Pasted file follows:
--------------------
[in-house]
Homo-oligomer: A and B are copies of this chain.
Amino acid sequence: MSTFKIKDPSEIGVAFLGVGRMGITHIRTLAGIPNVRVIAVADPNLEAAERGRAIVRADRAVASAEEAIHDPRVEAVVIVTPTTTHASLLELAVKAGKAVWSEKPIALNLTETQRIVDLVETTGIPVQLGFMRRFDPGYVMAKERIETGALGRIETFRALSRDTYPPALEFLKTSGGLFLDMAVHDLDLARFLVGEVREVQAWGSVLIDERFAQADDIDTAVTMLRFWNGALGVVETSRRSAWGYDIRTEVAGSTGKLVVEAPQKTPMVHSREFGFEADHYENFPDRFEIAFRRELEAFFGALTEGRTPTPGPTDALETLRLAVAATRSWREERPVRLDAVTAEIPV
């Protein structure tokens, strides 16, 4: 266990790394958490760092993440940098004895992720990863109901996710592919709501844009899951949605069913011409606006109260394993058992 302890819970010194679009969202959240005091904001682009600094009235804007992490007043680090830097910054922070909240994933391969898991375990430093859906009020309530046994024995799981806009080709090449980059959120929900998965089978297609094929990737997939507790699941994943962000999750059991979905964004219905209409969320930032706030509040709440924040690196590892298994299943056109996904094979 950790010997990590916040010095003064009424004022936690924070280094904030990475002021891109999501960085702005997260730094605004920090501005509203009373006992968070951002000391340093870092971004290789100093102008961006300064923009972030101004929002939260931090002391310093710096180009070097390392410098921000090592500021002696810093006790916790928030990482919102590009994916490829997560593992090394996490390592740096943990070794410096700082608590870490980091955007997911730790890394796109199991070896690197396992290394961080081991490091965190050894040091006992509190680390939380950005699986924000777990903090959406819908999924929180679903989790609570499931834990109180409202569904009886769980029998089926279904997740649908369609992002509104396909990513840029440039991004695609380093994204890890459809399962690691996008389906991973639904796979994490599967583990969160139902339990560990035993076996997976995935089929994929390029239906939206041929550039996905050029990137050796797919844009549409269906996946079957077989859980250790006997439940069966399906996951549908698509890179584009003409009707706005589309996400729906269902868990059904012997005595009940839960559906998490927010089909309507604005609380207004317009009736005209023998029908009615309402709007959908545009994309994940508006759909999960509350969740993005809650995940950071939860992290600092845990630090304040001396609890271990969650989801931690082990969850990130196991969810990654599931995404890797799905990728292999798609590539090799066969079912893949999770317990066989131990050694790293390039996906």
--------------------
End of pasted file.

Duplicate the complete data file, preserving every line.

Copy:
[in-house]
Homo-oligomer: A and B are copies of this chain.
Amino acid sequence: MSTFKIKDPSEIGVAFLGVGRMGITHIRTLAGIPNVRVIAVADPNLEAAERGRAIVRADRAVASAEEAIHDPRVEAVVIVTPTTTHASLLELAVKAGKAVWSEKPIALNLTETQRIVDLVETTGIPVQLGFMRRFDPGYVMAKERIETGALGRIETFRALSRDTYPPALEFLKTSGGLFLDMAVHDLDLARFLVGEVREVQAWGSVLIDERFAQADDIDTAVTMLRFWNGALGVVETSRRSAWGYDIRTEVAGSTGKLVVEAPQKTPMVHSREFGFEADHYENFPDRFEIAFRRELEAFFGALTEGRTPTPGPTDALETLRLAVAATRSWREERPVRLDAVTAEIPV
């Protein structure tokens, strides 16, 4: 266990790394958490760092993440940098004895992720990863109901996710592919709501844009899951949605069913011409606006109260394993058992 302890819970010194679009969202959240005091904001682009600094009235804007992490007043680090830097910054922070909240994933391969898991375990430093859906009020309530046994024995799981806009080709090449980059959120929900998965089978297609094929990737997939507790699941994943962000999750059991979905964004219905209409969320930032706030509040709440924040690196590892298994299943056109996904094979 950790010997990590916040010095003064009424004022936690924070280094904030990475002021891109999501960085702005997260730094605004920090501005509203009373006992968070951002000391340093870092971004290789100093102008961006300064923009972030101004929002939260931090002391310093710096180009070097390392410098921000090592500021002696810093006790916790928030990482919102590009994916490829997560593992090394996490390592740096943990070794410096700082608590870490980091955007997911730790890394796109199991070896690197396992290394961080081991490091965190050894040091006992509190680390939380950005699986924000777990903090959406819908999924929180679903989790609570499931834990109180409202569904009886769980029998089926279904997740649908369609992002509104396909990513840029440039991004695609380093994204890890459809399962690691996008389906991973639904796979994490599967583990969160139902339990560990035993076996997976995935089929994929390029239906939206041929550039996905050029990137050796797919844009549409269906996946079957077989859980250790006997439940069966399906996951549908698509890179584009003409009707706005589309996400729906269902868990059904012997005595009940839960559906998490927010089909309507604005609380207004317009009736005209023998029908009615309402709007959908545009994309994940508006759909999960509350969740993005809650995940950071939860992290600092845990630090304040001396609890271990969650989801931690082990969850990130196991969810990654599931995404890797799905990728292999798609590539090799066969079912893949999770317990066989131990050694790293390039996906």